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Commentary: Investment planning, tax planning go hand in hand

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David Jackson

David Jackson is managing partner in charge of investments for Southern Springs Capital Group, which is at 2555 Meridian Blvd. in Franklin. For more information on Southern Springs Capital Group, call 615-905-4819 or visit

Do your CPA and your financial adviser have a good working relationship? More often than not, they are going to be in agreement on many things that impact your financial situation. But this is the time of year when I get questions from CPAs about why someone sold something for a profit, and thus created a tax burden.

This is an important lesson for investors: There are times when keeping your taxes as low as possible and making smart investment decisions may involve trade-offs. Keeping your taxes low is not always the best thing for your investments.

Most investors are focused on rates of return, but a good financial adviser is always going to be conscious of how much risk is being taken with a portfolio. With any successful portfolio, there are going to be individual investments that do substantially better than others. Sometimes selling a portion of those can lead to capital gains taxes, and sometimes that is the best thing for your overall portfolio.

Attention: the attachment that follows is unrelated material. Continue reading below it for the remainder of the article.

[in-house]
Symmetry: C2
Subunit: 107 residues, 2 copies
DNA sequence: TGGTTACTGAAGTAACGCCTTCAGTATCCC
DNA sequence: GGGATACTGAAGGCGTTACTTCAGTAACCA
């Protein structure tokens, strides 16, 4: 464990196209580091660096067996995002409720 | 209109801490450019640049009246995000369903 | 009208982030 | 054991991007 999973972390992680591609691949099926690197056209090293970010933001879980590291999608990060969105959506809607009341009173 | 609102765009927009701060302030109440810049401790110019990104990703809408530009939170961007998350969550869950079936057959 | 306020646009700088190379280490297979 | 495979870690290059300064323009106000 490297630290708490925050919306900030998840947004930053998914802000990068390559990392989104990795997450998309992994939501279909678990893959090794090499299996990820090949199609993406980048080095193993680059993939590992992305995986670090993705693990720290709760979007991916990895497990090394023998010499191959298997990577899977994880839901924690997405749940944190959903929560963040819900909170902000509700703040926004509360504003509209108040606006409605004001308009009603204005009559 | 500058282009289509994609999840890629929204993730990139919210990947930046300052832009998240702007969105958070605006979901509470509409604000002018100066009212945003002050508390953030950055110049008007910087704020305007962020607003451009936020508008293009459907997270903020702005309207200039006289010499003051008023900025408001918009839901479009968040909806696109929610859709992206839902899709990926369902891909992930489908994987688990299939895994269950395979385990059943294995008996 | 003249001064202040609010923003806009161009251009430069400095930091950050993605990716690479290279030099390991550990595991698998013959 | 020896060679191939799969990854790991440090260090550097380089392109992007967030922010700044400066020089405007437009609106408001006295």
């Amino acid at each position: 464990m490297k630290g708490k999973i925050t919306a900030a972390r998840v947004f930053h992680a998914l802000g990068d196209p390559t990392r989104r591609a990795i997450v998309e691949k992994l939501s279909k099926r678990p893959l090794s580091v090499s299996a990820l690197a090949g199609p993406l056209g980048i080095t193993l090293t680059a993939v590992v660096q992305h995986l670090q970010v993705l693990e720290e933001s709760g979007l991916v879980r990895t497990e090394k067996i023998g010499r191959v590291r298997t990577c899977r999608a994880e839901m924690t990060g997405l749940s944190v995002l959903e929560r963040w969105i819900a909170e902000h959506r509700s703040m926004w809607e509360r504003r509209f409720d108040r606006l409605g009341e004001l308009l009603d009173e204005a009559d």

It can be difficult from a psychological standpoint to sell something that’s been doing well. It gets even harder when there are taxes involved. But if you get to the point where you have a substantial portion of your wealth invested in just one stock, it can add a substantial amount of risk to your financial situation. 

Everyone’s situation is different, but for the purposes of this article, let’s say having more than 20% of your wealth tied to one investment can create significant risk.

When I come across someone who has a substantial position in one security, one of the questions I usually ask is: If that stock were to triple in value, would it change your life?

Usually, the answer is no. I then ask: If that stock were to lose 75% of its value, would it change your life?

Usually, the answer to that one is yes. In these situations, you need to make sure tax avoidance isn’t your only consideration.

Just like it is important to make investment decisions while looking at your whole portfolio, it is also wise to consider your entire financial situation when making changes to your portfolio. An increased tax bill may be the right solution to an increasing amount of risk in your investments.

If you are a successful investor, you will very likely encounter this scenario at some point in your life. You need a tax professional who understands this, too, and financial advisers who are able to show you when you’re better off with the tax bill than without it. 

David Jackson is a managing partner at Southern Springs Capital Group, at 2555 Meridian Blvd. in Franklin. For more information, call 615-905-4819 or visit

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